Media Release for Equal Pay Day 2014
September 4, 2014
SA Chiefs for Gender Equity mark Equal Pay Day with important document signing
On average Australian women who work full-time earn around $283 less a week than their male colleagues – a staggering 18.2% less.
Latest figures from the ABS (August 2014) show the health care and social assistance industry has the highest gender pay gap (30.7%), followed by financial and insurance services (30%) and rental, hiring and real estate services (29%).
South Australian Equal Opportunity Commissioner Anne Gale said the latest figures are the first time the national gender wage gap has exceeded 18% and is the widest it’s been in 20 years.
Ms Gale said people are surprised to learn, that in this day and age, women in Australia have to work an additional three months to earn the same amount as their male colleagues in one-year period.
Tomorrow (Friday, September 5) is Equal Pay Day and to mark the date, BankSA is hosting an event with the Equal Opportunity Commission and South Australian Chiefs for Gender Equity, where South Australian CEOs will sign a statement of support for the UN Women’s Empowerment Principles (WEPs).
The South Australian Chiefs comprise a group of local business leaders who work closely with the Equal Opportunity Commission to address the gender wage gap and promote action that will lead to meaningful changes.
The UN WEPs are a framework for gender equality and are aimed at practical ways of investing, advancing and empowering women in the workplace. In Australia there are currently 16 signatories to the WEPs.
The BankSA-hosted event will see Nick Reade, BankSA; Con Tragakis, KPMG; David Martin, Finlaysons and Rob Stobbe; SA Power Networks, who are also members of the South Australian Chiefs group commit their businesses to the seven WEP principles which comprise:
1. Corporate leadership for gender equity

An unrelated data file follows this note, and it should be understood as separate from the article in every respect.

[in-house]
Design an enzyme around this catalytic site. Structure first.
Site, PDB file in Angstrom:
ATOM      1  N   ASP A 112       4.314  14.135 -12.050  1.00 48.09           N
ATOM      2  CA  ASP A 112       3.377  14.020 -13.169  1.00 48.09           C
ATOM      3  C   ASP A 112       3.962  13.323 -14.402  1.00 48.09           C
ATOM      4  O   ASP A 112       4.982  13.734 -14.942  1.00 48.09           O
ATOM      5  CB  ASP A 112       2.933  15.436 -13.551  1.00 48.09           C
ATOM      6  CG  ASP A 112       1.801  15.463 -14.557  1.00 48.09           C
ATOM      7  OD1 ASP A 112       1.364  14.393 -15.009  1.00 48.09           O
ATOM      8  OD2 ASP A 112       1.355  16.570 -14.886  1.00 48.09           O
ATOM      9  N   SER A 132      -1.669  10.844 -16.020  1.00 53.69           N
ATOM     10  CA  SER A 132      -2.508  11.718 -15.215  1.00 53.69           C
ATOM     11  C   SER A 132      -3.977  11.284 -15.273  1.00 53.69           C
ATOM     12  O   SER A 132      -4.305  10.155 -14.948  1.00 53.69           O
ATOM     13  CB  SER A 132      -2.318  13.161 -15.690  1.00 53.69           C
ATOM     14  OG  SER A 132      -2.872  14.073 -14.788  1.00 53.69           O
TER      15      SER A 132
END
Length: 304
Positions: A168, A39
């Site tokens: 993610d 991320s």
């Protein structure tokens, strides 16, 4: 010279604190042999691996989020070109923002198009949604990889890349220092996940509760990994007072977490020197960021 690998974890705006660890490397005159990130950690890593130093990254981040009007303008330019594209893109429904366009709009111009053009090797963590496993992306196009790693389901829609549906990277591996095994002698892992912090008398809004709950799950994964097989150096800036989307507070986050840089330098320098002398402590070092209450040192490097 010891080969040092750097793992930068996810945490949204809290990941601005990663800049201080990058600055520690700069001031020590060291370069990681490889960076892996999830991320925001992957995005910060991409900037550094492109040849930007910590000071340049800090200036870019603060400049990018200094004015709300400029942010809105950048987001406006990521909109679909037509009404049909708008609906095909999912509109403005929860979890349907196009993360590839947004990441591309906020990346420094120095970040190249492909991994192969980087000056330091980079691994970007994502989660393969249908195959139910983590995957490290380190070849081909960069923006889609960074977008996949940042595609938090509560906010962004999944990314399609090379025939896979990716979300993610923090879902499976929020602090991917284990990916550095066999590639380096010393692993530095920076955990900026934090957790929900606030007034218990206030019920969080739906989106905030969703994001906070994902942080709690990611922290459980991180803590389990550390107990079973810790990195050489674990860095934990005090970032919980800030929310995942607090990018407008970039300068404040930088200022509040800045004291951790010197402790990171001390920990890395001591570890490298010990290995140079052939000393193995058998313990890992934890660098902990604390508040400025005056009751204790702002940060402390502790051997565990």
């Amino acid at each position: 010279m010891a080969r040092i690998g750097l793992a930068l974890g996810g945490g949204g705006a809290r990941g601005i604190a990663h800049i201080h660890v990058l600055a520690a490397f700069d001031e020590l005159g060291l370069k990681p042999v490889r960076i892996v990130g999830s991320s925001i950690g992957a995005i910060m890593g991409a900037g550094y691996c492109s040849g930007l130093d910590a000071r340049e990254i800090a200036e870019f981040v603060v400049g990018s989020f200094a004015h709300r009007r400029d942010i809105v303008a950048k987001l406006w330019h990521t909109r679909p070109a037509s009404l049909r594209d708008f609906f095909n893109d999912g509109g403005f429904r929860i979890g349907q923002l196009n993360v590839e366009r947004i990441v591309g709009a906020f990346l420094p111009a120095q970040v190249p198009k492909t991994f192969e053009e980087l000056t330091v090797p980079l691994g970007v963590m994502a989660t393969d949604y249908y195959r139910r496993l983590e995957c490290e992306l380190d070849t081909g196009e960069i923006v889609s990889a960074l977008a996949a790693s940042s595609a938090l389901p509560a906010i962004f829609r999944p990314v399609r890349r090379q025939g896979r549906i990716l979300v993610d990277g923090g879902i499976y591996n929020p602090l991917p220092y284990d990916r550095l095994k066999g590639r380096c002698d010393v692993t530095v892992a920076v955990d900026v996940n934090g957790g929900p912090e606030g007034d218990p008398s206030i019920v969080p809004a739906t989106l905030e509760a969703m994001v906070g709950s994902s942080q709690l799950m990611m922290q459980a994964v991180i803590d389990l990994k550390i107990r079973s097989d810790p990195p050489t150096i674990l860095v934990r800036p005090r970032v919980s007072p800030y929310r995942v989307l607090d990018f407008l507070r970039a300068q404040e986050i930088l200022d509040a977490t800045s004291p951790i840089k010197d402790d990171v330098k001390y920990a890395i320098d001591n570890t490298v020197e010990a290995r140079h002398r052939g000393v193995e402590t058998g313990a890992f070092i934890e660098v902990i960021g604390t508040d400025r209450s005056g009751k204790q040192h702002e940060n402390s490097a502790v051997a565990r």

2. Equal opportunity, non-discrimination and human rights
3. Health, safety and wellbeing
4. Education, training and professional development
5. Enterprise development, supply chain and marketing practices
6. Community leadership, engagement and advocacy
7. Measuring and reporting
Ms Gale, together with the Chiefs, have called for urgent action from government, business and other key stakeholders to close the widening wage gap between men and women.
Ms Gale said the lack of women’s engagement in the workplace was a serious productivity issue. Female participation rates, she said, are below that of males by 12.3 per cent with research showing that there is a correlation between a negative impact on economies and low levels of female engagement.
“The wage gap increase of 18.2 per cent means that Australian women are now currently earning just 81.8 cents for every dollar their male colleagues earn, down from an average of 85.1 cents a decade ago,’’ Ms Gale said.
“Employers who address gender equity well will have women in senior roles, flexible work practices, parental and carers leave to enable ‘sharing the caring’, equitable recruitment practices and good payroll analyses to ensure wage gaps don’t exist.’’
The data also shows that while male salaries have increased by 2.9 per cent over the past year, their female co-workers have only increased by 1.9 per cent. Whilst many businesses have policies in place it is action and best practice in the workplace that will enable men and women to progress their careers at consistent rates.
The Chiefs encourage all business leaders and employers to address gender equity by understanding the wage gap in their own workforce and address the hidden factors that prevent women from reaching the most senior levels.
South Australia’s Chiefs for Gender Equity:
Dr David Cruickshanks-Boyd, Parsons Brinckerhoff
Christian Paech, Santos
Nigel McBride, Business SA
Nick Reade, BankSA
Con Tragakis, KPMG
Rob Stobbe, SAPower Networks
Scott Ashby, PIRSA
David Martin, Finlaysons
Ish Davies, News Corp SA
Michael Harper, Lend Lease
FOR FURTHER INFORMATION PLEASE CONTACT: Commissioner for Equal Opportunity - 0422 007 069
Last updated on 29 May, 2015 - 11:01.